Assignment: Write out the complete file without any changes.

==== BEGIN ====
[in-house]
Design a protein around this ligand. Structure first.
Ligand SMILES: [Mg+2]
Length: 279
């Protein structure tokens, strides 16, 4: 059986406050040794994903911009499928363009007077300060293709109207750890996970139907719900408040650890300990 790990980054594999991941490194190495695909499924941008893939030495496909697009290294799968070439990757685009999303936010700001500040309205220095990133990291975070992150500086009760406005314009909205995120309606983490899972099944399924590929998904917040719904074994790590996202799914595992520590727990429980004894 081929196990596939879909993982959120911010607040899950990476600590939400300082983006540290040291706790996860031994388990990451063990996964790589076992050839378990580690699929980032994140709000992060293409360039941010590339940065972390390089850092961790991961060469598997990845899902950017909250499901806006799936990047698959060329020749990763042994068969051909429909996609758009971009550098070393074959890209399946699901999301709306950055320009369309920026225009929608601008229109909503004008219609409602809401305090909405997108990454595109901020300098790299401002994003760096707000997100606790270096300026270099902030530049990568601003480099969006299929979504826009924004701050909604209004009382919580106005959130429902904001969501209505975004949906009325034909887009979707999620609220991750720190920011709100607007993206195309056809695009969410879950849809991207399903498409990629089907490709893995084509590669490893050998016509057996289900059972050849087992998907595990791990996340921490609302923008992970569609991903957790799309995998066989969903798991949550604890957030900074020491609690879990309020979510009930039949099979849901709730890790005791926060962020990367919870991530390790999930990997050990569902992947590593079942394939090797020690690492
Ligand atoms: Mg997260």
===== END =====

[in-house]
Design a protein around this ligand. Structure first.
Ligand SMILES: [Mg+2]
Length: 279
């Protein structure tokens, strides 16, 4: 059986406050040794994903911009499928363009007077300060293709109207750890996970139907719900408040650890300990 790990980054594999991941490194190495695909499924941008893939030495496909697009290294799968070439990757685009999303936010700001500040309205220095990133990291975070992150500086009760406005314009909205995120309606983490899972099944399924590929998904917040719904074994790590996202799914595992520590727990429980004894 081929196990596939879909993982959120911010607040899950990476600590939400300082983006540290040291706790996860031994388990990451063990996964790589076992050839378990580690699929980032994140709000992060293409360039941010590339940065972390390089850092961790991961060469598997990845899902950017909250499901806006799936990047698959060329020749990763042994068969051909429909996609758009971009550098070393074959890209399946699901999301709306950055320009369309920026225009929608601008229109909503004008219609409602809401305090909405997108990454595109901020300098790299401002994003760096707000997100606790270096300026270099902030530049990568601003480099969006299929979504826009924004701050909604209004009382919580106005959130429902904001969501209505975004949906009325034909887009979707999620609220991750720190920011709100607007993206195309056809695009969410879950849809991207399903498409990629089907490709893995084509590669490893050998016509057996289900059972050849087992998907595990791990996340921490609302923008992970569609991903957790799309995998066989969903798991949550604890957030900074020491609690879990309020979510009930039949099979849901709730890790005791926060962020990367919870991530390790999930990997050990569902992947590593079942394939090797020690690492
Ligand atoms: Mg997260």